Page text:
Once in a while, there are those who curse the good weather. Unsurprisingly, they are not local. During my visit, a 16-strong film crew arrive to shoot a feature, Civil Twilight. A sci-fi thriller, it will lean on Pyramiden’s desolation and inclement weather to tell its story. The idea came when the director, Darren Mann, visited to shoot a documentary a few years earlier; the isolation and a seeming guarantee of gloom he experienced then were big factors in developing this project. Late summer sunshine is literally not in the script, and for the first few days of their shoot, the crew find themselves wishing conditions were a little unkinder.

“The location was really the spark for this whole project,” says producer Grant Myers inside the Pyramiden Hotel. “Looking around, at how things are perfectly preserved – it really looks like people just stood up one day and walked away.”

Until he arrived by boat, passing the mighty Nordenskiold Glacier at the top of Billefjorden, Myers had only seen stills of Pyramiden. The reality of being here is quite different. “My first impression was: what an unforgiving place. It just feels dangerous, surrounded by things that could destroy you in seconds,” he says. “I was so impressed with the absolute will of these people to create what they did here, in this environment that’s so hostile.” 

The durability of the Soviet designs has allowed the buildings to endure 20 wild Arctic winters without much maintenance. Some estimates predict that if the climate remains reasonably stable, they may stand for another 500 years.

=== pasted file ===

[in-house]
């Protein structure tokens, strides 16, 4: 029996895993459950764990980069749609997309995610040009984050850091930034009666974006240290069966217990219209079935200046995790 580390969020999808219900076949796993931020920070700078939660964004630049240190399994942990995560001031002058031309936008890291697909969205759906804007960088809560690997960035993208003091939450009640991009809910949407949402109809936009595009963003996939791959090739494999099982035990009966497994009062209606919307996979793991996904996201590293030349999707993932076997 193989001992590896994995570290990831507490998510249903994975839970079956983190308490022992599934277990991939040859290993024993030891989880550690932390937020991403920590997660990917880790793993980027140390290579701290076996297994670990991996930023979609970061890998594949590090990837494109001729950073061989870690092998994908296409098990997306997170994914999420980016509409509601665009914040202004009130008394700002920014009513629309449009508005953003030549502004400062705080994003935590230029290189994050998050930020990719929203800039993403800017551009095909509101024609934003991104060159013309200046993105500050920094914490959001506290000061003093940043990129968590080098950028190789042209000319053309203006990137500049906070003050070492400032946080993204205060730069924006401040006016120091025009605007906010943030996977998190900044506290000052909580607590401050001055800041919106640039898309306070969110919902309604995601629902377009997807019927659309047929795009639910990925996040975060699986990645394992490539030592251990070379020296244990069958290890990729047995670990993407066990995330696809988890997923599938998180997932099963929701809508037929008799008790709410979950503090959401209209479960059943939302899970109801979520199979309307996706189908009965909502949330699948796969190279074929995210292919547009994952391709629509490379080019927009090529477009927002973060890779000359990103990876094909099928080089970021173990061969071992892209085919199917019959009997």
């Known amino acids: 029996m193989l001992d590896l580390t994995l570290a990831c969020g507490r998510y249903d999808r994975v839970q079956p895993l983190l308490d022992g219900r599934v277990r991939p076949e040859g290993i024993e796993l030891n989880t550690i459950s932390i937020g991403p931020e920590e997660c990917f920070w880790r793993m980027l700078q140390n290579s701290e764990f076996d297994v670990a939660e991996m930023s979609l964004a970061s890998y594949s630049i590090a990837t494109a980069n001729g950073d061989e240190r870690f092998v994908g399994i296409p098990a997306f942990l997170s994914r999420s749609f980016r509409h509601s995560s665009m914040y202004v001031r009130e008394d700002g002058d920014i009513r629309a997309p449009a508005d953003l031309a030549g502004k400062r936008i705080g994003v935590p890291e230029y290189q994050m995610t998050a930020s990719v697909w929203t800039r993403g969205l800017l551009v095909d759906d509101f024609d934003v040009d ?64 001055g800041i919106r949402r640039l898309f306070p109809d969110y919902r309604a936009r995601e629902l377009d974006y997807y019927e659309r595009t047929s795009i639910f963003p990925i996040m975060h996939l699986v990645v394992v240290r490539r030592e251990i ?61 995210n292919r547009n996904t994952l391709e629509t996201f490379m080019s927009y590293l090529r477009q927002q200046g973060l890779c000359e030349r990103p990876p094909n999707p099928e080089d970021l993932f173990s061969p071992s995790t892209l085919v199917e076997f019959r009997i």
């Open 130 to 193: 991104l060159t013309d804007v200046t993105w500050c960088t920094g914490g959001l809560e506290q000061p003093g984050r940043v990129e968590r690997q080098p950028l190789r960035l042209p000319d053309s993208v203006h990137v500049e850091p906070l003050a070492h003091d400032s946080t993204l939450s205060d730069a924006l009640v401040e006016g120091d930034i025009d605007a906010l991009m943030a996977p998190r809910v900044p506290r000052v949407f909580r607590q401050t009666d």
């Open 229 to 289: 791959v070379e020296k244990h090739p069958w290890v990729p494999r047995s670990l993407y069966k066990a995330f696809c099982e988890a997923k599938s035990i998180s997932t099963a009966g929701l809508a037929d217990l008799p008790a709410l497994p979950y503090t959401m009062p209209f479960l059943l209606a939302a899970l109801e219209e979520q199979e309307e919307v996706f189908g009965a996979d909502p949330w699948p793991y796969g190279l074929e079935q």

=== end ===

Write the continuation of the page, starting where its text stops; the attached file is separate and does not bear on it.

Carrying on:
Sergey takes me on a tour Pyramiden as it stands today, slinging a rifle over his shoulder and lighting a cigarette as we head out into the bright, frozen morning. Much of the settlement appears to be in reasonable order: huge mineshafts still run up the side of Pyramiden like blackened arteries; the satisfyingly industrial chemical plant looks like it could withstand a direct missile hit. 

The damage has been more insidious – former dorms and kitchens wilfully wrecked, most likely by outsiders. When I find a bottle of Bailey’s inside the old mountain rescue team’s hut, the mid-2000s date on it seem to validate this theory.

Sergey explains that when the mine closed in 1998, it wasn’t long before party people started to come up by snowmobile then boat to explore and invade the Russian settlement. Windows were smashed and icy gales rushed at the invitation to finally get inside. It’s impossible to say how much of the subsequent chaos – filing cabinets emptied, bookshelves overturned, wires torn from walls – was malicious, what was done for ‘fun’, and what can be attributed to the climate. Whatever the truth, the result is an unholy mess. Sergey repeatedly insists the perpetrators weren’t residents – why would those living here have scuttled their own homes?

At its peak in the mid-1980s, Pyramiden was home to over 1,000 people, around 100 of whom were children. To cater for them, there was a school and a cinema. There were plays and concerts. There was happiness. “They had a pure kind of Communism up here,” says my guide. “Everyone had a job, everyone had a home. The wages were better up here, too.”